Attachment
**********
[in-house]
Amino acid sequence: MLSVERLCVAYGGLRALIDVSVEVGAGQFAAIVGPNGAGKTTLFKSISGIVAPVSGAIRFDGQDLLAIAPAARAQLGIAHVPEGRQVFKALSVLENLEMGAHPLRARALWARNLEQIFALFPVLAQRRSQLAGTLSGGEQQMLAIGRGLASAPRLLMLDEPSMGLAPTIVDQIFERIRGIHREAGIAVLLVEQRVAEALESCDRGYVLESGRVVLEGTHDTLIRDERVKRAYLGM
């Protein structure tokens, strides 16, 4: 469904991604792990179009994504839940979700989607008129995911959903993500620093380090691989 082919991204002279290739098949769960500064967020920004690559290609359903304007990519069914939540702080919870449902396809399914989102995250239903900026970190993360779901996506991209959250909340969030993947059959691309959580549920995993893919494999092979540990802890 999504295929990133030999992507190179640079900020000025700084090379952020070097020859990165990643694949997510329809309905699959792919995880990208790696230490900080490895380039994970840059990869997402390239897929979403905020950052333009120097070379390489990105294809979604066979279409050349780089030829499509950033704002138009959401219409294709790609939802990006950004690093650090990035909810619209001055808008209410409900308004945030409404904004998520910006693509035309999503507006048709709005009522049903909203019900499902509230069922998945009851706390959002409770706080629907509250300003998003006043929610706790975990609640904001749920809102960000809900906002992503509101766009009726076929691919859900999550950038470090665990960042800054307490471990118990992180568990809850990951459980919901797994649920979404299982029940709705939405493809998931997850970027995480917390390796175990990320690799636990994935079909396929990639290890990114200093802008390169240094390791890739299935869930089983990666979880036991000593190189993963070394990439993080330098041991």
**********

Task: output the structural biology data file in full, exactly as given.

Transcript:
[in-house]
Amino acid sequence: MLSVERLCVAYGGLRALIDVSVEVGAGQFAAIVGPNGAGKTTLFKSISGIVAPVSGAIRFDGQDLLAIAPAARAQLGIAHVPEGRQVFKALSVLENLEMGAHPLRARALWARNLEQIFALFPVLAQRRSQLAGTLSGGEQQMLAIGRGLASAPRLLMLDEPSMGLAPTIVDQIFERIRGIHREAGIAVLLVEQRVAEALESCDRGYVLESGRVVLEGTHDTLIRDERVKRAYLGM
């Protein structure tokens, strides 16, 4: 469904991604792990179009994504839940979700989607008129995911959903993500620093380090691989 082919991204002279290739098949769960500064967020920004690559290609359903304007990519069914939540702080919870449902396809399914989102995250239903900026970190993360779901996506991209959250909340969030993947059959691309959580549920995993893919494999092979540990802890 999504295929990133030999992507190179640079900020000025700084090379952020070097020859990165990643694949997510329809309905699959792919995880990208790696230490900080490895380039994970840059990869997402390239897929979403905020950052333009120097070379390489990105294809979604066979279409050349780089030829499509950033704002138009959401219409294709790609939802990006950004690093650090990035909810619209001055808008209410409900308004945030409404904004998520910006693509035309999503507006048709709005009522049903909203019900499902509230069922998945009851706390959002409770706080629907509250300003998003006043929610706790975990609640904001749920809102960000809900906002992503509101766009009726076929691919859900999550950038470090665990960042800054307490471990118990992180568990809850990951459980919901797994649920979404299982029940709705939405493809998931997850970027995480917390390796175990990320690799636990994935079909396929990639290890990114200093802008390169240094390791890739299935869930089983990666979880036991000593190189993963070394990439993080330098041991």